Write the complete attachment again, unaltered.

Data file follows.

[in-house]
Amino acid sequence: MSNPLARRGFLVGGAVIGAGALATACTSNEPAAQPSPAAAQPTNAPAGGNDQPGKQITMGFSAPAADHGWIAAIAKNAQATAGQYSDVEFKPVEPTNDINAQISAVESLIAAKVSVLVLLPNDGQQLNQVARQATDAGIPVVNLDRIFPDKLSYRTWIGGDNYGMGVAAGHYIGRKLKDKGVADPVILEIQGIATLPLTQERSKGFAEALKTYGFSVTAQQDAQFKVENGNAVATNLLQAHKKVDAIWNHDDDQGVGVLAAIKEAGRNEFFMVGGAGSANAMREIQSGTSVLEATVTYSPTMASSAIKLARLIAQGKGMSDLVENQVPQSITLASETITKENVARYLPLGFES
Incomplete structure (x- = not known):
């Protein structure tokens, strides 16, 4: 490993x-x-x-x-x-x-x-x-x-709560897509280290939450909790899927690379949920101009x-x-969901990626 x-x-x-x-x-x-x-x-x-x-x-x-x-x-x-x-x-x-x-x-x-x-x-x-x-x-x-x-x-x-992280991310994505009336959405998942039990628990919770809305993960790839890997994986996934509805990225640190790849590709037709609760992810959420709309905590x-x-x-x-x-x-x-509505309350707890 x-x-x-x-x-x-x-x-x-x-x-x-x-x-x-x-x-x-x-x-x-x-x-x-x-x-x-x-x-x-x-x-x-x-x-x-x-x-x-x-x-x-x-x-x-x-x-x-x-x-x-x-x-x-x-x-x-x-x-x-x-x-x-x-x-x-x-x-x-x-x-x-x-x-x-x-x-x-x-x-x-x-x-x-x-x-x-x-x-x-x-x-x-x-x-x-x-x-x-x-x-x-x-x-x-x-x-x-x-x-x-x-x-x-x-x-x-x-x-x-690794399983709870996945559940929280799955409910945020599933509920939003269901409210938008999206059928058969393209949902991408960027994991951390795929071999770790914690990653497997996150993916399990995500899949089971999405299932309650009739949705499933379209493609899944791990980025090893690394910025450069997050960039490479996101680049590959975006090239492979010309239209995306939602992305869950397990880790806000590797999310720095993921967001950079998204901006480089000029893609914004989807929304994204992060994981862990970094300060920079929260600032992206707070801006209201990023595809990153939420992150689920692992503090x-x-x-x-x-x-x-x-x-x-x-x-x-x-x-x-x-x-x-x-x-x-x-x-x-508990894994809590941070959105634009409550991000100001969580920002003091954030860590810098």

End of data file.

[in-house]
Amino acid sequence: MSNPLARRGFLVGGAVIGAGALATACTSNEPAAQPSPAAAQPTNAPAGGNDQPGKQITMGFSAPAADHGWIAAIAKNAQATAGQYSDVEFKPVEPTNDINAQISAVESLIAAKVSVLVLLPNDGQQLNQVARQATDAGIPVVNLDRIFPDKLSYRTWIGGDNYGMGVAAGHYIGRKLKDKGVADPVILEIQGIATLPLTQERSKGFAEALKTYGFSVTAQQDAQFKVENGNAVATNLLQAHKKVDAIWNHDDDQGVGVLAAIKEAGRNEFFMVGGAGSANAMREIQSGTSVLEATVTYSPTMASSAIKLARLIAQGKGMSDLVENQVPQSITLASETITKENVARYLPLGFES
Incomplete structure (x- = not known):
């Protein structure tokens, strides 16, 4: 490993x-x-x-x-x-x-x-x-x-709560897509280290939450909790899927690379949920101009x-x-969901990626 x-x-x-x-x-x-x-x-x-x-x-x-x-x-x-x-x-x-x-x-x-x-x-x-x-x-x-x-x-x-992280991310994505009336959405998942039990628990919770809305993960790839890997994986996934509805990225640190790849590709037709609760992810959420709309905590x-x-x-x-x-x-x-509505309350707890 x-x-x-x-x-x-x-x-x-x-x-x-x-x-x-x-x-x-x-x-x-x-x-x-x-x-x-x-x-x-x-x-x-x-x-x-x-x-x-x-x-x-x-x-x-x-x-x-x-x-x-x-x-x-x-x-x-x-x-x-x-x-x-x-x-x-x-x-x-x-x-x-x-x-x-x-x-x-x-x-x-x-x-x-x-x-x-x-x-x-x-x-x-x-x-x-x-x-x-x-x-x-x-x-x-x-x-x-x-x-x-x-x-x-x-x-x-x-x-x-690794399983709870996945559940929280799955409910945020599933509920939003269901409210938008999206059928058969393209949902991408960027994991951390795929071999770790914690990653497997996150993916399990995500899949089971999405299932309650009739949705499933379209493609899944791990980025090893690394910025450069997050960039490479996101680049590959975006090239492979010309239209995306939602992305869950397990880790806000590797999310720095993921967001950079998204901006480089000029893609914004989807929304994204992060994981862990970094300060920079929260600032992206707070801006209201990023595809990153939420992150689920692992503090x-x-x-x-x-x-x-x-x-x-x-x-x-x-x-x-x-x-x-x-x-x-x-x-x-508990894994809590941070959105634009409550991000100001969580920002003091954030860590810098």